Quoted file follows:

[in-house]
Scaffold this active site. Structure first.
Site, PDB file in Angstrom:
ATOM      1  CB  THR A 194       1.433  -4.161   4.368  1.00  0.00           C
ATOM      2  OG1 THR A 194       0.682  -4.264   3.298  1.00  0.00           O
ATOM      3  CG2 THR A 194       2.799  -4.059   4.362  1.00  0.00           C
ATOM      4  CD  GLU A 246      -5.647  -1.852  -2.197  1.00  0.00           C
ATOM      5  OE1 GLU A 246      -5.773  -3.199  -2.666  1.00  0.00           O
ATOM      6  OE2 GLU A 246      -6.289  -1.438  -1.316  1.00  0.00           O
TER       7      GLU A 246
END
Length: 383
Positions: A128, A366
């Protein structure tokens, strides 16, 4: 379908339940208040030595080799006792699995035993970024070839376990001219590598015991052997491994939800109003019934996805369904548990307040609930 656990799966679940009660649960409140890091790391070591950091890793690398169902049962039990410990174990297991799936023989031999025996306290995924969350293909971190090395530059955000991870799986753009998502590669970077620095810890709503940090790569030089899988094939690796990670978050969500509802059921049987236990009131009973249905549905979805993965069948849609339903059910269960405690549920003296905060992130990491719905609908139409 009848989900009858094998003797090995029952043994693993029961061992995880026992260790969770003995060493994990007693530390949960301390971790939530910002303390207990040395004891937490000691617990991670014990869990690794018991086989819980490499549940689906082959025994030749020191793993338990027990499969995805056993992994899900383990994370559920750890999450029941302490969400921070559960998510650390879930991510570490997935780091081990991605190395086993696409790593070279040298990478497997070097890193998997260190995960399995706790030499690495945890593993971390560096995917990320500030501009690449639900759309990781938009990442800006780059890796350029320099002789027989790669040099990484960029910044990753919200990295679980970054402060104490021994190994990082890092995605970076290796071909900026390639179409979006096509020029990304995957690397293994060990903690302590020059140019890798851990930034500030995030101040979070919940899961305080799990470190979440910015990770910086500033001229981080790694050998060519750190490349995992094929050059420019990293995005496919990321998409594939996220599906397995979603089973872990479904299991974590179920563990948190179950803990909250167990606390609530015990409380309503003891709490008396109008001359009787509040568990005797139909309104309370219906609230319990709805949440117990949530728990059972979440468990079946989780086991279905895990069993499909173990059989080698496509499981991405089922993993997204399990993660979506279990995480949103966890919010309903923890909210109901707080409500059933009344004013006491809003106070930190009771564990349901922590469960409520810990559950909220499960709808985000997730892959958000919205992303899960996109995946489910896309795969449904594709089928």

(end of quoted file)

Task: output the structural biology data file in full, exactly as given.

[in-house]
Scaffold this active site. Structure first.
Site, PDB file in Angstrom:
ATOM      1  CB  THR A 194       1.433  -4.161   4.368  1.00  0.00           C
ATOM      2  OG1 THR A 194       0.682  -4.264   3.298  1.00  0.00           O
ATOM      3  CG2 THR A 194       2.799  -4.059   4.362  1.00  0.00           C
ATOM      4  CD  GLU A 246      -5.647  -1.852  -2.197  1.00  0.00           C
ATOM      5  OE1 GLU A 246      -5.773  -3.199  -2.666  1.00  0.00           O
ATOM      6  OE2 GLU A 246      -6.289  -1.438  -1.316  1.00  0.00           O
TER       7      GLU A 246
END
Length: 383
Positions: A128, A366
């Protein structure tokens, strides 16, 4: 379908339940208040030595080799006792699995035993970024070839376990001219590598015991052997491994939800109003019934996805369904548990307040609930 656990799966679940009660649960409140890091790391070591950091890793690398169902049962039990410990174990297991799936023989031999025996306290995924969350293909971190090395530059955000991870799986753009998502590669970077620095810890709503940090790569030089899988094939690796990670978050969500509802059921049987236990009131009973249905549905979805993965069948849609339903059910269960405690549920003296905060992130990491719905609908139409 009848989900009858094998003797090995029952043994693993029961061992995880026992260790969770003995060493994990007693530390949960301390971790939530910002303390207990040395004891937490000691617990991670014990869990690794018991086989819980490499549940689906082959025994030749020191793993338990027990499969995805056993992994899900383990994370559920750890999450029941302490969400921070559960998510650390879930991510570490997935780091081990991605190395086993696409790593070279040298990478497997070097890193998997260190995960399995706790030499690495945890593993971390560096995917990320500030501009690449639900759309990781938009990442800006780059890796350029320099002789027989790669040099990484960029910044990753919200990295679980970054402060104490021994190994990082890092995605970076290796071909900026390639179409979006096509020029990304995957690397293994060990903690302590020059140019890798851990930034500030995030101040979070919940899961305080799990470190979440910015990770910086500033001229981080790694050998060519750190490349995992094929050059420019990293995005496919990321998409594939996220599906397995979603089973872990479904299991974590179920563990948190179950803990909250167990606390609530015990409380309503003891709490008396109008001359009787509040568990005797139909309104309370219906609230319990709805949440117990949530728990059972979440468990079946989780086991279905895990069993499909173990059989080698496509499981991405089922993993997204399990993660979506279990995480949103966890919010309903923890909210109901707080409500059933009344004013006491809003106070930190009771564990349901922590469960409520810990559950909220499960709808985000997730892959958000919205992303899960996109995946489910896309795969449904594709089928």